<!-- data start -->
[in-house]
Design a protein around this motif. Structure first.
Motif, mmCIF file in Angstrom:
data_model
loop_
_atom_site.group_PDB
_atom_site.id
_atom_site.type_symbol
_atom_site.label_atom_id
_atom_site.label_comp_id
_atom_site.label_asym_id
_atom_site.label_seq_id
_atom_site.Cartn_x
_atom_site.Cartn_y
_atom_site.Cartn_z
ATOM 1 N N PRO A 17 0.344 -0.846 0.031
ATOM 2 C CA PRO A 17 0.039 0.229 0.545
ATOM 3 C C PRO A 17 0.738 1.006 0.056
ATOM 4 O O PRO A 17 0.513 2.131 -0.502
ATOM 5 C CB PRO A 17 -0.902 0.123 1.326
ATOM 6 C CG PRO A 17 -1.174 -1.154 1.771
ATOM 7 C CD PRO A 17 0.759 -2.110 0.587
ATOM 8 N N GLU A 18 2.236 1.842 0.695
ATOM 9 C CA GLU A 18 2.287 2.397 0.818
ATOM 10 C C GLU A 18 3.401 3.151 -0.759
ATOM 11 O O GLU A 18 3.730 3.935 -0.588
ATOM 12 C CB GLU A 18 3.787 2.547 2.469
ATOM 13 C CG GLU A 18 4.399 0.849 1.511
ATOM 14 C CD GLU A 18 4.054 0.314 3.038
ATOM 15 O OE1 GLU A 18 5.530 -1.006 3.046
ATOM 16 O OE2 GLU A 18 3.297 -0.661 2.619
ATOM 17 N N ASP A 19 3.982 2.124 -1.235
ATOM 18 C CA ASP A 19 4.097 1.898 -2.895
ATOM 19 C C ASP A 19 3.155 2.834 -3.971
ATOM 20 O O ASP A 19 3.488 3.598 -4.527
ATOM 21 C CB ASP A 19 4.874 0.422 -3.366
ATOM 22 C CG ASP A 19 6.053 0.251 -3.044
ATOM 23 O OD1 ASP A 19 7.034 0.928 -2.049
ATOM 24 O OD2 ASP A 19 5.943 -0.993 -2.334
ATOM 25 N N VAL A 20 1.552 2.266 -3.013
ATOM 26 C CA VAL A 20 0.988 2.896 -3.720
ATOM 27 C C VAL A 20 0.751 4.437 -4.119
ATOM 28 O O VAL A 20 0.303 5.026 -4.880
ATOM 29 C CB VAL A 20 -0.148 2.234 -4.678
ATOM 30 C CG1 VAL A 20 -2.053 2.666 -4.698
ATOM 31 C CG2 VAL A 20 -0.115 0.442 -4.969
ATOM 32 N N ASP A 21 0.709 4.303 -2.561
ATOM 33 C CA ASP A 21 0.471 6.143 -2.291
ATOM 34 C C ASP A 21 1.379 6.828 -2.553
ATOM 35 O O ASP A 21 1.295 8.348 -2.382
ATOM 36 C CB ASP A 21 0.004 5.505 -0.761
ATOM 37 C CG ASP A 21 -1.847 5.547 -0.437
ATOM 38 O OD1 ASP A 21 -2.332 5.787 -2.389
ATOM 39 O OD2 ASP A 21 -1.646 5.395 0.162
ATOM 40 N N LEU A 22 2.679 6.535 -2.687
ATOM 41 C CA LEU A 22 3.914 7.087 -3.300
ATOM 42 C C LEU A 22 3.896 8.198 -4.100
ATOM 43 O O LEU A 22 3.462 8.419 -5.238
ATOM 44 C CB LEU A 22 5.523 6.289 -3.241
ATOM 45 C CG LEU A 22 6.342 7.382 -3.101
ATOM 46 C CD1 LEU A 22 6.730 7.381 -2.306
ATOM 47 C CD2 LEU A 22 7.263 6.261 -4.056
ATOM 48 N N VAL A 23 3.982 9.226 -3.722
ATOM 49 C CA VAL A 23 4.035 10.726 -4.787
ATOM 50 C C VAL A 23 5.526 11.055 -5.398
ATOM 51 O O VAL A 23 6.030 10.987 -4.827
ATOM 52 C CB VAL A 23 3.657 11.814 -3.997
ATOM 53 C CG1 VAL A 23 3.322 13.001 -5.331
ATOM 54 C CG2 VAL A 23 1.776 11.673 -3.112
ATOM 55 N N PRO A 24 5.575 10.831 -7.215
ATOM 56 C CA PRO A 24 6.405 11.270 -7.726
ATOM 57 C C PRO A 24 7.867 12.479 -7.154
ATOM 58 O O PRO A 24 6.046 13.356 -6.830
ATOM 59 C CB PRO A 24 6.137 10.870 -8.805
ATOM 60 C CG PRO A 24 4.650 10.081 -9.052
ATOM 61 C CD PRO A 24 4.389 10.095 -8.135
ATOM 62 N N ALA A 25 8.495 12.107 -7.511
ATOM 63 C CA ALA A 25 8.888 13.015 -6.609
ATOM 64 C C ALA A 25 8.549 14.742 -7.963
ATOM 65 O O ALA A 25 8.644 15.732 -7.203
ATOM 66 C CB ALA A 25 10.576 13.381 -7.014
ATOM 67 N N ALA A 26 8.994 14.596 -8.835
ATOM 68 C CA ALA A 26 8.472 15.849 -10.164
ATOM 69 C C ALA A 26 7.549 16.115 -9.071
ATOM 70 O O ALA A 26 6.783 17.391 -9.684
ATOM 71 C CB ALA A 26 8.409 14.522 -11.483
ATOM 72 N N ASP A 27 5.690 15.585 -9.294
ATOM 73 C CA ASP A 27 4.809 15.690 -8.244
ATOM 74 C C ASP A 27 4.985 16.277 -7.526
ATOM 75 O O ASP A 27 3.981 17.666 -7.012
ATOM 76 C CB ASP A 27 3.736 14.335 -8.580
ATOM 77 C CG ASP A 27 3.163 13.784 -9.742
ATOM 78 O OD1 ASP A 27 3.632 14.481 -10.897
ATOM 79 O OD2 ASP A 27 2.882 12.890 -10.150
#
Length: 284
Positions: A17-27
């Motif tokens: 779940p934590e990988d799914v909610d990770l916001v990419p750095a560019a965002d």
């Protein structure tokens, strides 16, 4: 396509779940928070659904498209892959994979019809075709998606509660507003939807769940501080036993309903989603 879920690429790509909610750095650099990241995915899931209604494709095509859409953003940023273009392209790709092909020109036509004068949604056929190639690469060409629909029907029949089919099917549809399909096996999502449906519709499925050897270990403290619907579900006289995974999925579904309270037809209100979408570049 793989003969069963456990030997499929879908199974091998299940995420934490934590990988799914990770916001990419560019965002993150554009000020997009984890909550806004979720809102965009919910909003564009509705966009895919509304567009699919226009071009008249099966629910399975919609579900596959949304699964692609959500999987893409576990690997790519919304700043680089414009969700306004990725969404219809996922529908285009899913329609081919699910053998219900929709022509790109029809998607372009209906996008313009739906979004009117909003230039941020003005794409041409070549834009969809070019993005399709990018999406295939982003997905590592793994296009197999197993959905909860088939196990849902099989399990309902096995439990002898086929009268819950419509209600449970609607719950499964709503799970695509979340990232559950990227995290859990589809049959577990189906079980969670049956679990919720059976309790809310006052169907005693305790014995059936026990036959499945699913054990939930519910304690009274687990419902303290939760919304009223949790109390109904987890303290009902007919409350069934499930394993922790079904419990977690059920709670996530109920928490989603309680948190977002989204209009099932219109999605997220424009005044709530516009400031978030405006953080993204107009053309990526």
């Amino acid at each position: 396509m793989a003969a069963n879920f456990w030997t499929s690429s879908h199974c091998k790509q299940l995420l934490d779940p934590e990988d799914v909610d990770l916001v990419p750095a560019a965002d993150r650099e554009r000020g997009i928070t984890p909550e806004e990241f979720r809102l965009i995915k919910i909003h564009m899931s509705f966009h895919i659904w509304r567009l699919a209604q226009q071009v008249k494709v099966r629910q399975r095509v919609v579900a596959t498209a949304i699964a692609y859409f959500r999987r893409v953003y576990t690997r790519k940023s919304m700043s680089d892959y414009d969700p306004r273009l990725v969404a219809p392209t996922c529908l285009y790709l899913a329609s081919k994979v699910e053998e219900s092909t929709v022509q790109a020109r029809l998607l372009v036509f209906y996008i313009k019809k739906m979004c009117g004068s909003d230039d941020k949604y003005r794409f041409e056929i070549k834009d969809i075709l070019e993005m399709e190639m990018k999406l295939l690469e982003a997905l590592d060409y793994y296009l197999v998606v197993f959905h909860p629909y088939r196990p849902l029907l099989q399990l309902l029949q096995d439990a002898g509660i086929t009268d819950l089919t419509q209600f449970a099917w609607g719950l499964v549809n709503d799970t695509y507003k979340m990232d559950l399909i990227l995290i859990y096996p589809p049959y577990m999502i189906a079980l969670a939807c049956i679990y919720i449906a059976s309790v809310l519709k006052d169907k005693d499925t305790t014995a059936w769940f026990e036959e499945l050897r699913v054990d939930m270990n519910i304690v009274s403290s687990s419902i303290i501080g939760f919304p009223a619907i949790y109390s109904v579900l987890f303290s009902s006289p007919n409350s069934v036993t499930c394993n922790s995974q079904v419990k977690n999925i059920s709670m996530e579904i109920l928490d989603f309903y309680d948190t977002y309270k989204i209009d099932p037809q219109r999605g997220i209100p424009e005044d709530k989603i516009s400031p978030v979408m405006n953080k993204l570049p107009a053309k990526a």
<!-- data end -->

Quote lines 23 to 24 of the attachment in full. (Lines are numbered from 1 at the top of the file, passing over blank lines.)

ATOM 8 N N GLU A 18 2.236 1.842 0.695
ATOM 9 C CA GLU A 18 2.287 2.397 0.818